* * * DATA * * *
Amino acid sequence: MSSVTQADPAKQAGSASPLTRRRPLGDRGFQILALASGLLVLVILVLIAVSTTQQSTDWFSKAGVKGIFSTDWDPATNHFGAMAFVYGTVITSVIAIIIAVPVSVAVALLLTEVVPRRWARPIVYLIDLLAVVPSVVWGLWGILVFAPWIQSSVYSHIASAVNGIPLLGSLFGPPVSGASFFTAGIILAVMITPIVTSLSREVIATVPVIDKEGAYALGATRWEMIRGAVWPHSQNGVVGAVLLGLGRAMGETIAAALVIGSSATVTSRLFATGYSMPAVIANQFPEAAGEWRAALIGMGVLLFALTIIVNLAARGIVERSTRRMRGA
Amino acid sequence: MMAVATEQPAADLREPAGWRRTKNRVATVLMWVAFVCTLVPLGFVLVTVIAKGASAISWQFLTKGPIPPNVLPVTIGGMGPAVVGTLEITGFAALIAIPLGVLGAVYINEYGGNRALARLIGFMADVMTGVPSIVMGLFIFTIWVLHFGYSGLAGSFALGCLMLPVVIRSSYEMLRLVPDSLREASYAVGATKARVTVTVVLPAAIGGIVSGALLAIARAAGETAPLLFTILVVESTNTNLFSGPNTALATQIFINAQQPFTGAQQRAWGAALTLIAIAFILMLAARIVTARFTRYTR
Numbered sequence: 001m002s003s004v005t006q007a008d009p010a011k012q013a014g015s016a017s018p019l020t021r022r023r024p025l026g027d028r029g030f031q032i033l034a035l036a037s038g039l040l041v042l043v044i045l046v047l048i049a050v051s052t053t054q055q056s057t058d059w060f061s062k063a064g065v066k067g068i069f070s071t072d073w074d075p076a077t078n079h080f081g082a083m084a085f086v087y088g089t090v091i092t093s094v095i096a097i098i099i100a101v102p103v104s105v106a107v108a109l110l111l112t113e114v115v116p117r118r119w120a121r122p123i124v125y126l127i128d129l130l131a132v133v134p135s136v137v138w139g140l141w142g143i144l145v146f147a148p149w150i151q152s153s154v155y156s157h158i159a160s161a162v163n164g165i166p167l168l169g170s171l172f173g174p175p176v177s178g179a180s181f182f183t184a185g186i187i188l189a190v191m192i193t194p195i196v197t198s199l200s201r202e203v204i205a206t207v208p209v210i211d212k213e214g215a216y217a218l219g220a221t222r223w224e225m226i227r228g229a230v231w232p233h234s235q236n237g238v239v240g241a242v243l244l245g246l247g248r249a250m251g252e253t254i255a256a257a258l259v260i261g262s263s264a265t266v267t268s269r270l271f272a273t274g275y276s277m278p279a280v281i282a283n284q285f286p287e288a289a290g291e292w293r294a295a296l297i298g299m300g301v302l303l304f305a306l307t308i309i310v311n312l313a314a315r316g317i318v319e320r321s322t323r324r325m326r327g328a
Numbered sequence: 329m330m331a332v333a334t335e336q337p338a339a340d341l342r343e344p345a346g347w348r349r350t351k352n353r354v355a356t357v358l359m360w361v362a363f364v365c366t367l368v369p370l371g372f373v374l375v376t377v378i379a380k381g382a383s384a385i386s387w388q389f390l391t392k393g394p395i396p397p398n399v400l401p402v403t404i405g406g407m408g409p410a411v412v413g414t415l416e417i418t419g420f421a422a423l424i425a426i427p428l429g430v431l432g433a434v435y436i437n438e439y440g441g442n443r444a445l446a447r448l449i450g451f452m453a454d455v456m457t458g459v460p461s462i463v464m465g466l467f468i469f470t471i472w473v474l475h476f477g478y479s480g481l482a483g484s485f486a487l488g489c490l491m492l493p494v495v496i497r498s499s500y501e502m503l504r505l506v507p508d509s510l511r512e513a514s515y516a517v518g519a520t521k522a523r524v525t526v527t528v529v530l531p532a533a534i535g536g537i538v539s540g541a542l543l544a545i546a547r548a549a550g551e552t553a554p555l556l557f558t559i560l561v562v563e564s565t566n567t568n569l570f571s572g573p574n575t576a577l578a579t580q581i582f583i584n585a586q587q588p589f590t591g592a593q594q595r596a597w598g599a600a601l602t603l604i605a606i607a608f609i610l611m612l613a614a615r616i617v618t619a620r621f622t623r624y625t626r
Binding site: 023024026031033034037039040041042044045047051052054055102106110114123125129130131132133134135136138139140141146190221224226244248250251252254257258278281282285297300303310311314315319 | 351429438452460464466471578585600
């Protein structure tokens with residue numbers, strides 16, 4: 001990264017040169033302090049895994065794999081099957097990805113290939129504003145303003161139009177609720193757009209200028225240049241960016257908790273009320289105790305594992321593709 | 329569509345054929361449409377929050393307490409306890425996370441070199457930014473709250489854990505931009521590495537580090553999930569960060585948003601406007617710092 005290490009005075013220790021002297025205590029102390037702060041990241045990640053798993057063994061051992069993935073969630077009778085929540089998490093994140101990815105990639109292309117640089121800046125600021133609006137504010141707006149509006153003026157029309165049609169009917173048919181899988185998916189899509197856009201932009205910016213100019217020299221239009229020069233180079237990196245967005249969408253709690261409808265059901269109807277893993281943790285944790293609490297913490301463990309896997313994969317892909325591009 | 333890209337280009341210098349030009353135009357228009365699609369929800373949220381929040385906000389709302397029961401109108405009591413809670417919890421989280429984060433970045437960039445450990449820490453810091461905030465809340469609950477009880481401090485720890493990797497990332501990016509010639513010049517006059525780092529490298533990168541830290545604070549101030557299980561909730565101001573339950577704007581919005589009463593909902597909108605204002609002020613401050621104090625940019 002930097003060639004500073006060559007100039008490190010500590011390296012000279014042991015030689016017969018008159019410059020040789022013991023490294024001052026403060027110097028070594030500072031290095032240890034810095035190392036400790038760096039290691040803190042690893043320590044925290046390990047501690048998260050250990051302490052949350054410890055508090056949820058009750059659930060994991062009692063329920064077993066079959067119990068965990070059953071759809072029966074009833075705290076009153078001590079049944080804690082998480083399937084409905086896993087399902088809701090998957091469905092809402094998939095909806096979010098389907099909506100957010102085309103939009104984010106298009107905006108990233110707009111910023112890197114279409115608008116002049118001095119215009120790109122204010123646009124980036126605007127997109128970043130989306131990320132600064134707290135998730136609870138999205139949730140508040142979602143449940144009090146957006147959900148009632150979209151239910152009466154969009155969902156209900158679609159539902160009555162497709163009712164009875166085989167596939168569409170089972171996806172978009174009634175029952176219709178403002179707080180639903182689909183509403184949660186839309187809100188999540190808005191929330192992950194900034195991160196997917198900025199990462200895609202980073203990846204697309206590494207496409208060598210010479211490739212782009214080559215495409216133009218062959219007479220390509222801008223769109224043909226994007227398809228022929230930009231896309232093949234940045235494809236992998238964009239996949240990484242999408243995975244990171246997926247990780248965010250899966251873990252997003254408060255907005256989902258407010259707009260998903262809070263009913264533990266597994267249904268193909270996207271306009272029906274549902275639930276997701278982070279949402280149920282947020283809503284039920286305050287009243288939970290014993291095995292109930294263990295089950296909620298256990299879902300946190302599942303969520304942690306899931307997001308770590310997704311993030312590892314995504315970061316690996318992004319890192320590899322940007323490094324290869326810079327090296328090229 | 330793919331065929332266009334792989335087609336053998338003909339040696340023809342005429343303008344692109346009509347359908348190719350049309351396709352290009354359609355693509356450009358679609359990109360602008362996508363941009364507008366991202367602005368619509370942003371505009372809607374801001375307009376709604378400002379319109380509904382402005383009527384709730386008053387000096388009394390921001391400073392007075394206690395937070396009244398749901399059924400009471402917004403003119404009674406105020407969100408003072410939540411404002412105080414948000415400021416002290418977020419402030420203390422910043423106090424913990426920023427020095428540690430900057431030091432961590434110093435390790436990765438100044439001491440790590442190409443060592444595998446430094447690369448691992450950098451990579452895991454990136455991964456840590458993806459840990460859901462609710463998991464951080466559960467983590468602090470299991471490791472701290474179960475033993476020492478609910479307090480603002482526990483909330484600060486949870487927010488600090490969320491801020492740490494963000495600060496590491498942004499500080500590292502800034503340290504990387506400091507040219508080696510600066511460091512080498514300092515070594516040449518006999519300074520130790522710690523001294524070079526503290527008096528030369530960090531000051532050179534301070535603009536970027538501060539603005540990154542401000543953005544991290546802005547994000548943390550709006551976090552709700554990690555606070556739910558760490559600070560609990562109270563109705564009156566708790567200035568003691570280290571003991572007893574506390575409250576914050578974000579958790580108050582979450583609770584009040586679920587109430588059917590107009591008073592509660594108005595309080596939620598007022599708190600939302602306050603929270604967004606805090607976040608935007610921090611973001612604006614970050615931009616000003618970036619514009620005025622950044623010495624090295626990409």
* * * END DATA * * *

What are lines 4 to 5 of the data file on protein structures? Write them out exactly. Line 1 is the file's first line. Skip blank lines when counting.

Numbered sequence: 329m330m331a332v333a334t335e336q337p338a339a340d341l342r343e344p345a346g347w348r349r350t351k352n353r354v355a356t357v358l359m360w361v362a363f364v365c366t367l368v369p370l371g372f373v374l375v376t377v378i379a380k381g382a383s384a385i386s387w388q389f390l391t392k393g394p395i396p397p398n399v400l401p402v403t404i405g406g407m408g409p410a411v412v413g414t415l416e417i418t419g420f421a422a423l424i425a426i427p428l429g430v431l432g433a434v435y436i437n438e439y440g441g442n443r444a445l446a447r448l449i450g451f452m453a454d455v456m457t458g459v460p461s462i463v464m465g466l467f468i469f470t471i472w473v474l475h476f477g478y479s480g481l482a483g484s485f486a487l488g489c490l491m492l493p494v495v496i497r498s499s500y501e502m503l504r505l506v507p508d509s510l511r512e513a514s515y516a517v518g519a520t521k522a523r524v525t526v527t528v529v530l531p532a533a534i535g536g537i538v539s540g541a542l543l544a545i546a547r548a549a550g551e552t553a554p555l556l557f558t559i560l561v562v563e564s565t566n567t568n569l570f571s572g573p574n575t576a577l578a579t580q581i582f583i584n585a586q587q588p589f590t591g592a593q594q595r596a597w598g599a600a601l602t603l604i605a606i607a608f609i610l611m612l613a614a615r616i617v618t619a620r621f622t623r624y625t626r
Binding site: 023024026031033034037039040041042044045047051052054055102106110114123125129130131132133134135136138139140141146190221224226244248250251252254257258278281282285297300303310311314315319 | 351429438452460464466471578585600